Teacher heals health through meditation


Mary Jo Baetzold

English teacher Kari Beery takes a moment to reset in her classroom. She said, “I think we always have expectations of what we want from things, we control the situation and it being in mindfulness, it’s a complete lack of control, a letting go, you know? I think part of our human spirit is to always be on top of everything and multi-tasking and so there is a calculated turning into letting go of something and being open to seeing what happens.”

Mary Jo Baetzold, Guest Writer

English teacher Kari Beery has found meditation to be a rewarding ritual for her health, especially during the pandemic.

Beery noticed the pandemic came with a lot of moments that were out of her control but meditation was a way to center herself through it all. She said, “For me, that helped me ground myself. Seeing the joy, seeing the hope, seeing all the hard work at school, seeing all the kindness in the world where things were starting to blur a little bit.”

She has allowed meditation to heal many moments of self-doubt, as a gentle reminder to be kind to herself. Beery said, “There’s a practice in yoga of a himsa, that you should cause no harm. Sometimes we think about that as causing harm to others… but that also goes to yourself.”

As a teacher, Beery helps many students navigate their way through the unknown, but not to an extent like this during the pandemic. She said, “To be peaceful and ready for them, I think meditation has helped me be more a place, of a safe space, for whatever needs to happen instead of me being drained or me being tired or me being quick to respond to something. I just kind of listen.”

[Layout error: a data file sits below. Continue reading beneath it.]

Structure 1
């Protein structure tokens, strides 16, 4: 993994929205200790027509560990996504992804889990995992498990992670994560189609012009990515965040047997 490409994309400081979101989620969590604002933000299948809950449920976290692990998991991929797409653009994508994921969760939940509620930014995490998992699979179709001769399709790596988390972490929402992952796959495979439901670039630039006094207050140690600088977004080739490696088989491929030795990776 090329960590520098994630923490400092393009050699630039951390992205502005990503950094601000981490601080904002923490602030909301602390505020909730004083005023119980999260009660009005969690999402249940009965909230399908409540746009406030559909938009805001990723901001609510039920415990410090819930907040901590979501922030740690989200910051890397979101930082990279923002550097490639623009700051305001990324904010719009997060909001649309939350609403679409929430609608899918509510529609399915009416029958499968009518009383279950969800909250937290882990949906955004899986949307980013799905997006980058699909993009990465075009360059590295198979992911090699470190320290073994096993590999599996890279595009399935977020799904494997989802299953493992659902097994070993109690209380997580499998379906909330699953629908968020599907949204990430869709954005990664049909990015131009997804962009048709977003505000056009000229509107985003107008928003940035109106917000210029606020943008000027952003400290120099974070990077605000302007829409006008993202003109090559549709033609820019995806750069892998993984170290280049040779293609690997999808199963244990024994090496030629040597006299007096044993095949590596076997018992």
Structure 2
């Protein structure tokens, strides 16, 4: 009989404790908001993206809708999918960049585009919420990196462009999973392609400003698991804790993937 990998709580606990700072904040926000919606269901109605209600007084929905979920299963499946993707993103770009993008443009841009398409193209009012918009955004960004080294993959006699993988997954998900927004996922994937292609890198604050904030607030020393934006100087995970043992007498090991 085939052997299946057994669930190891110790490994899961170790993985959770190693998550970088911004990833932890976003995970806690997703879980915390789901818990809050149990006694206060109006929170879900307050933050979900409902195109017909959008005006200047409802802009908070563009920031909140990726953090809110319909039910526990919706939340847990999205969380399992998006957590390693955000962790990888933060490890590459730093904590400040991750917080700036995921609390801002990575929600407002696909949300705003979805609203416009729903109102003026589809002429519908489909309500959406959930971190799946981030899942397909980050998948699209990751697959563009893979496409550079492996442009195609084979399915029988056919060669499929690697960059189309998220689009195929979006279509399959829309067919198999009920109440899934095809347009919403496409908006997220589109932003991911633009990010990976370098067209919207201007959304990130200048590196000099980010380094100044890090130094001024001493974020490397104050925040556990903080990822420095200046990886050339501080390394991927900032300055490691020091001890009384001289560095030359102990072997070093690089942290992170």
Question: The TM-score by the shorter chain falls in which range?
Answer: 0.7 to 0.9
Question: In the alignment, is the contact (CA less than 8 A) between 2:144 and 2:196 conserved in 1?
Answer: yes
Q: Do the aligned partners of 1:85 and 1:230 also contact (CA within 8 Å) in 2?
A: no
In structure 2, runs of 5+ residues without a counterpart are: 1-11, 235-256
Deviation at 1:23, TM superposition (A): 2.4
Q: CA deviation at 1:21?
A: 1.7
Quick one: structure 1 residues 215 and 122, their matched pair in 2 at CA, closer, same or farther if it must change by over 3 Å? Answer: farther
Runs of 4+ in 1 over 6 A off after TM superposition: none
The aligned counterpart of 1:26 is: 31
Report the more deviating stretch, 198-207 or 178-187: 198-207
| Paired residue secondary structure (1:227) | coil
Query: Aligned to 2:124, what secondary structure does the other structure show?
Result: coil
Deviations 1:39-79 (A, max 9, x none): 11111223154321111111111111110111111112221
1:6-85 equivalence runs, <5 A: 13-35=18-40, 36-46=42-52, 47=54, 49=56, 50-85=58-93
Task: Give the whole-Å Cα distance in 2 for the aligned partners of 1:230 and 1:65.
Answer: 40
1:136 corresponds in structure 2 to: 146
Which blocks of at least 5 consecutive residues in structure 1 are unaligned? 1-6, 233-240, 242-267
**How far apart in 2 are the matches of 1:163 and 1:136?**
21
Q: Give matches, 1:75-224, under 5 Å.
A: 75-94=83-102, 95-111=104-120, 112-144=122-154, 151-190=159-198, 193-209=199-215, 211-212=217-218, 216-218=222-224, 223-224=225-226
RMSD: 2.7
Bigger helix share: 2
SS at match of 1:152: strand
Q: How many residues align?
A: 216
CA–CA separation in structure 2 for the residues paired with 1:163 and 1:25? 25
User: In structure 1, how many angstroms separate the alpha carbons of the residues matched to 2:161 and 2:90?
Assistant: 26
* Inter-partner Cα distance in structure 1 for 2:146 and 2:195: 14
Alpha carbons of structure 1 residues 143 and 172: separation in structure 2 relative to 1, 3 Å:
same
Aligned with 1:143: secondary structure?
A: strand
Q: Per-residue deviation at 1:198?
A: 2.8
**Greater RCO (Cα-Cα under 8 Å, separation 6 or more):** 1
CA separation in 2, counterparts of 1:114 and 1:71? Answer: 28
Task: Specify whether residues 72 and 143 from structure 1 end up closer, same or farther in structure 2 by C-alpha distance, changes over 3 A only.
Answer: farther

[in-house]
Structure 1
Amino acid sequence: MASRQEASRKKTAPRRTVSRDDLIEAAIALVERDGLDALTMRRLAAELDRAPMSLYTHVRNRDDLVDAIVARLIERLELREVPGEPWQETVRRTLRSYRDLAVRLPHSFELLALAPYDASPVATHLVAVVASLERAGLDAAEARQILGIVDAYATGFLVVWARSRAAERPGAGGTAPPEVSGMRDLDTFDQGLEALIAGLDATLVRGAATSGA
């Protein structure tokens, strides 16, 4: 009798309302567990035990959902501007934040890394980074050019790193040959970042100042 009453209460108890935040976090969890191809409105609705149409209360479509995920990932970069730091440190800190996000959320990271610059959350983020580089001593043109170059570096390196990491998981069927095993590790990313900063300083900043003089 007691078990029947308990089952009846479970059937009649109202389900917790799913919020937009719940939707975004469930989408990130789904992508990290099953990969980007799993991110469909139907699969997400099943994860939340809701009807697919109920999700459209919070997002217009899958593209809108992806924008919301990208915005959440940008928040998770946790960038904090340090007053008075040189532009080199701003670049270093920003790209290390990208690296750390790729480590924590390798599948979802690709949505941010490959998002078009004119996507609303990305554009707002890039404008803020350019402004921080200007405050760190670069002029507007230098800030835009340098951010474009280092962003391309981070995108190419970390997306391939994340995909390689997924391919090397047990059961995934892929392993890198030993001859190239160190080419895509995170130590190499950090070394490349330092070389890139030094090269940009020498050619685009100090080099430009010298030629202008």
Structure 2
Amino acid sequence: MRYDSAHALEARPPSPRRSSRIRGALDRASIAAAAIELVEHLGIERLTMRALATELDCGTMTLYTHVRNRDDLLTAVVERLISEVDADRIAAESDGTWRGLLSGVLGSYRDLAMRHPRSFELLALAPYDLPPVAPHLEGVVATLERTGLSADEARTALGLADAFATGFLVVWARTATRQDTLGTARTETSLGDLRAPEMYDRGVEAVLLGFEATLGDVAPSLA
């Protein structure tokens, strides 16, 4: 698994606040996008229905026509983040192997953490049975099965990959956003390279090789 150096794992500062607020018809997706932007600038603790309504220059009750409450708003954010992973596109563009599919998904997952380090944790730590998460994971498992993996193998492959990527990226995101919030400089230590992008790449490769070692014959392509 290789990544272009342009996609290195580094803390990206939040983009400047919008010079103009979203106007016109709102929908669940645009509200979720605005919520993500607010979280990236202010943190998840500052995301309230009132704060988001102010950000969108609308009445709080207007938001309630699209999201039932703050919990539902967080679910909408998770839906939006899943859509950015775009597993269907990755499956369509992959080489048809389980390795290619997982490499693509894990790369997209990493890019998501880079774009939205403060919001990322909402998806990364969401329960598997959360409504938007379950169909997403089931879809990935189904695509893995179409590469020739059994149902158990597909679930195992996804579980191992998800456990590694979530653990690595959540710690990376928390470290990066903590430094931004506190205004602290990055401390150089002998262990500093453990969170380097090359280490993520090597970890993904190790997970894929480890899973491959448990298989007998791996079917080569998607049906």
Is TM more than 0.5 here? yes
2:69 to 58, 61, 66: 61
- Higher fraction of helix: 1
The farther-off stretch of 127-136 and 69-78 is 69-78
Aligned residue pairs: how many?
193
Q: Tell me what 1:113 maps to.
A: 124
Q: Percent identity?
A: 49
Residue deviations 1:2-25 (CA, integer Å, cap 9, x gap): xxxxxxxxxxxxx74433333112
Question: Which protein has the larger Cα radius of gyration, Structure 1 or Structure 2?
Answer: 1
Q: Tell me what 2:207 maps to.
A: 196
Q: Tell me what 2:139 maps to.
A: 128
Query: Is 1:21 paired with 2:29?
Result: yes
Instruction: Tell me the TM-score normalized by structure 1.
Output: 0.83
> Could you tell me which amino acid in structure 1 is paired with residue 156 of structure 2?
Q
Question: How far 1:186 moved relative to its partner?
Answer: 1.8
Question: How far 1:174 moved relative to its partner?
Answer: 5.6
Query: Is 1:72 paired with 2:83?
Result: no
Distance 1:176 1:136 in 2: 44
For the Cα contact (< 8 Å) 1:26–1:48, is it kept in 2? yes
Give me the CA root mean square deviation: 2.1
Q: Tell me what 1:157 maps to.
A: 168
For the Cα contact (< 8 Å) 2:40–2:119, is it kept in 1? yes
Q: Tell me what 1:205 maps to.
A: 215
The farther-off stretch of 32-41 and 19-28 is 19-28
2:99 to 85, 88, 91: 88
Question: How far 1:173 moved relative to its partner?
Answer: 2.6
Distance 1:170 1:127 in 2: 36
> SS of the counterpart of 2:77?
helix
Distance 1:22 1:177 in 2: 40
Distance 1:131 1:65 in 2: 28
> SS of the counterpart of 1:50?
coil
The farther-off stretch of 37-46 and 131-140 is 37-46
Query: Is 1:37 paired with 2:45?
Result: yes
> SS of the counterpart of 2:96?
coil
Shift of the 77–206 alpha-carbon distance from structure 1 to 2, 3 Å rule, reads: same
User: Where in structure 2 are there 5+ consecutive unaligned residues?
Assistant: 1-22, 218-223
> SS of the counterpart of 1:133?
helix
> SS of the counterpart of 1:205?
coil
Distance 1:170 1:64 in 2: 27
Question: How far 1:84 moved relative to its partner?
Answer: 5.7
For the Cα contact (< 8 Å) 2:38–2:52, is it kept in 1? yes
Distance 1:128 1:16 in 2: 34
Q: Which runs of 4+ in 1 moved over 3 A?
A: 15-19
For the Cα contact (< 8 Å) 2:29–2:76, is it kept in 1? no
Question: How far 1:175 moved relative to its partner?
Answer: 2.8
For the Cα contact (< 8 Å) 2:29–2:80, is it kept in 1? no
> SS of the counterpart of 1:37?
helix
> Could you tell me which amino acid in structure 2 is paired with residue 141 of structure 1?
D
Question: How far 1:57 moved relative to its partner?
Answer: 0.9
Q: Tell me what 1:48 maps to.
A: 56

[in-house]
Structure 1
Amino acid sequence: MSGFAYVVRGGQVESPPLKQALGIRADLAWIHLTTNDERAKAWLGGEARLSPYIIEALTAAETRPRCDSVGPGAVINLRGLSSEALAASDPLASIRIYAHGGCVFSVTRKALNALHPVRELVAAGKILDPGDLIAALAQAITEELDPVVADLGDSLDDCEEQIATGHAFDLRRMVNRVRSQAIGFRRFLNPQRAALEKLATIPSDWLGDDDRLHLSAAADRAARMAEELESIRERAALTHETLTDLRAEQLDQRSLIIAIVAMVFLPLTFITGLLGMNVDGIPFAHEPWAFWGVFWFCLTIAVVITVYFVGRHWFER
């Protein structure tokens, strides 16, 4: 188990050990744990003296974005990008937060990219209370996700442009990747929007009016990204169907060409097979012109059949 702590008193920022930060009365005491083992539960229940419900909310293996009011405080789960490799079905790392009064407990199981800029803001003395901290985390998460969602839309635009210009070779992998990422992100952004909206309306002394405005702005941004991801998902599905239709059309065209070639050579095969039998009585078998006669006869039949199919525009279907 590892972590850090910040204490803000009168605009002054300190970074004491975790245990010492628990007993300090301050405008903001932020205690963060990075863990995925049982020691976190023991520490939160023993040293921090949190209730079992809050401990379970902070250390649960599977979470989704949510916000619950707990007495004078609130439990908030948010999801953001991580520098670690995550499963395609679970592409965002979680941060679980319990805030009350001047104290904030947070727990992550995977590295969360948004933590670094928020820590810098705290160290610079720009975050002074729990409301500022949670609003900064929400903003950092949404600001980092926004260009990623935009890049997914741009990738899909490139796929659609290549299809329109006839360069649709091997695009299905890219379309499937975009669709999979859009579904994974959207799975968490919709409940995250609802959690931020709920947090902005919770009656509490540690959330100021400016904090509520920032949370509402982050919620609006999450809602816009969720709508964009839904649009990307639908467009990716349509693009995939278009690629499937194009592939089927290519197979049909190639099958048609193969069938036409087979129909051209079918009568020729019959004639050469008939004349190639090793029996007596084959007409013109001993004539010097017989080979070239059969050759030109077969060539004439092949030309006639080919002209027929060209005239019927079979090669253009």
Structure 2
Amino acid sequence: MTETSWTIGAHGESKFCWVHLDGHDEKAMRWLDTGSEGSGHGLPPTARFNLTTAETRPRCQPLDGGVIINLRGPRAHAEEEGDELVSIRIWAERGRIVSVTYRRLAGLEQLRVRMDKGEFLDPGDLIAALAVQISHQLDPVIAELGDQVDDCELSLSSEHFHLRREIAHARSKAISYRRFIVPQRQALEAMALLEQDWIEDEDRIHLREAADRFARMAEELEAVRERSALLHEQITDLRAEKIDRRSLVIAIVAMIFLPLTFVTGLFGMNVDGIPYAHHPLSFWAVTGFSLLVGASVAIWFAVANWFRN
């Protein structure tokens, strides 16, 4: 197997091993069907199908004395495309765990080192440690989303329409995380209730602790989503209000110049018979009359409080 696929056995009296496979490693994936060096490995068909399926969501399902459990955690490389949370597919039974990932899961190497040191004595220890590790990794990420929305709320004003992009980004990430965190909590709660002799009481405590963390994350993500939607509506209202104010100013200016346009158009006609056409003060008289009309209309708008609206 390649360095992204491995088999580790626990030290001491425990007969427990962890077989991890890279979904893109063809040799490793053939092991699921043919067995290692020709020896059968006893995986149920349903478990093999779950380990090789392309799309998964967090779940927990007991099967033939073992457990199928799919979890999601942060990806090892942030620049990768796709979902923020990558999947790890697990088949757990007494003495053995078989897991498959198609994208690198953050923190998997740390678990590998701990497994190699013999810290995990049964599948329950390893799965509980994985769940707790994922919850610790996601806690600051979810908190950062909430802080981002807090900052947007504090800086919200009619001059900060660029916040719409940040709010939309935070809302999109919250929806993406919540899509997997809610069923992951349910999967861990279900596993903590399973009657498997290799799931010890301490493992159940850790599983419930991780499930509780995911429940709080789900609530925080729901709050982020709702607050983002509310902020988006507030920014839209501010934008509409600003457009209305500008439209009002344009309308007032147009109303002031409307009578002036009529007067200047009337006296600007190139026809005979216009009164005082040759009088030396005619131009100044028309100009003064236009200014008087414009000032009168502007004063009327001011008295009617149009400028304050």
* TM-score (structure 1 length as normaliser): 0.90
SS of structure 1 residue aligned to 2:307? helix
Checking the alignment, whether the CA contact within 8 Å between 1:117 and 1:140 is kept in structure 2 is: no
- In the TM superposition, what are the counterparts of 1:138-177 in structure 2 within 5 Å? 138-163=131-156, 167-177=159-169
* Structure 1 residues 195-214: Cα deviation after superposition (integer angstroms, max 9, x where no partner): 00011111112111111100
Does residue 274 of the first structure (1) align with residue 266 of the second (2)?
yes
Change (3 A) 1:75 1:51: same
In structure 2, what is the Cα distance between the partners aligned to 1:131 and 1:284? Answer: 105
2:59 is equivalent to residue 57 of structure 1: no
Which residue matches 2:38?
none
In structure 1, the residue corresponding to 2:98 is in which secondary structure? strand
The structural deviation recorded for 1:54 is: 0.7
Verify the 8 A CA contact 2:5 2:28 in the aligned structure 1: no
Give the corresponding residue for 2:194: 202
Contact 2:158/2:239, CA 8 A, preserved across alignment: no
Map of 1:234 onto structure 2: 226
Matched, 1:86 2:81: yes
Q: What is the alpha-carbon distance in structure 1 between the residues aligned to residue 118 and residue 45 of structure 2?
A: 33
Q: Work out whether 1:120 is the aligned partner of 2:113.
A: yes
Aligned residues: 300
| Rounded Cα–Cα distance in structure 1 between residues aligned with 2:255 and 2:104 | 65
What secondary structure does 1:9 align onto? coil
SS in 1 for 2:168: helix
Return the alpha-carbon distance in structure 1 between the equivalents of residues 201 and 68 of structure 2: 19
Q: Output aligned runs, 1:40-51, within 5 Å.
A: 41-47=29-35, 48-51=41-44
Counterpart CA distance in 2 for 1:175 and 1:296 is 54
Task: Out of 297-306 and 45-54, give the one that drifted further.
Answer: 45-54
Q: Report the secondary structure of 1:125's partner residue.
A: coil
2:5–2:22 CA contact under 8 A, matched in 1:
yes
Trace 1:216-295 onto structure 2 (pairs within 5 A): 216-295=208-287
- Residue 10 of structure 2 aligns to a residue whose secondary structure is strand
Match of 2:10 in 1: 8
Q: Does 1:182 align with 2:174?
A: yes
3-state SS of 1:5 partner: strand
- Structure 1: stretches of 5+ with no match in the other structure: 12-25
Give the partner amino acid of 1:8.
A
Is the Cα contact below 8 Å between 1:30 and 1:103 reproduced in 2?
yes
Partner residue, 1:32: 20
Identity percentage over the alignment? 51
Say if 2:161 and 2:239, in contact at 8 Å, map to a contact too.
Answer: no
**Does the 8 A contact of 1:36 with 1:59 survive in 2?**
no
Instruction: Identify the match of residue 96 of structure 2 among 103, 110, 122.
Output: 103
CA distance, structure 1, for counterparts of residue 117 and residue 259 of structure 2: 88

She has even shown meditation to her two daughters, implementing it with an app about three days a week during the pandemic. “Especially if people are really connected to technology and things are coming at you, we would lay on our blankets, turn off the lights, and just listen to this guided meditation,” Beery said.

Since meditation has been a rewarding experience for herself and her family, Beery also implements a mindfulness reset into each day for her students. She said, “I do really believe in life that you have to reset your mindset, you have to reset how you’re feeling about yourself. It’s just, you know, a do-over. You have a chance to have do-overs all the time.”

Junior Mia Maurer has been in Beery’s Creative Writing class for the last two years and admits she can’t recall a single day where Beery skipped meditating with her students, as it changes the energy in the room. Maurer said, “Compared to other teachers, she’s just very positive, and she brings this sort of like light into our day almost, and it really just brings good energy to all her students.”

Maurer discovered that meditation helps her destress from her day and prepare for the rest of it, as Beery finds her students’ mental health to be very important. Maurer said, “I think we all very much appreciate it, and so, she just wants to give us a break and make sure that we are all doing okay.”

Beery shares that anyone can meditate as you can install apps or set reminders on your phone to make meditation a consistent habit. She said, “I think you can start small by practical things like taking three deep breaths, you know, doing your mindfulness reset. Even on Mondays here at Mayfield, just listening to the mindfulness Monday [spoken by Ruth Miozzi] and listening to how she guides you through that meditation if you’re not in a class that does that.”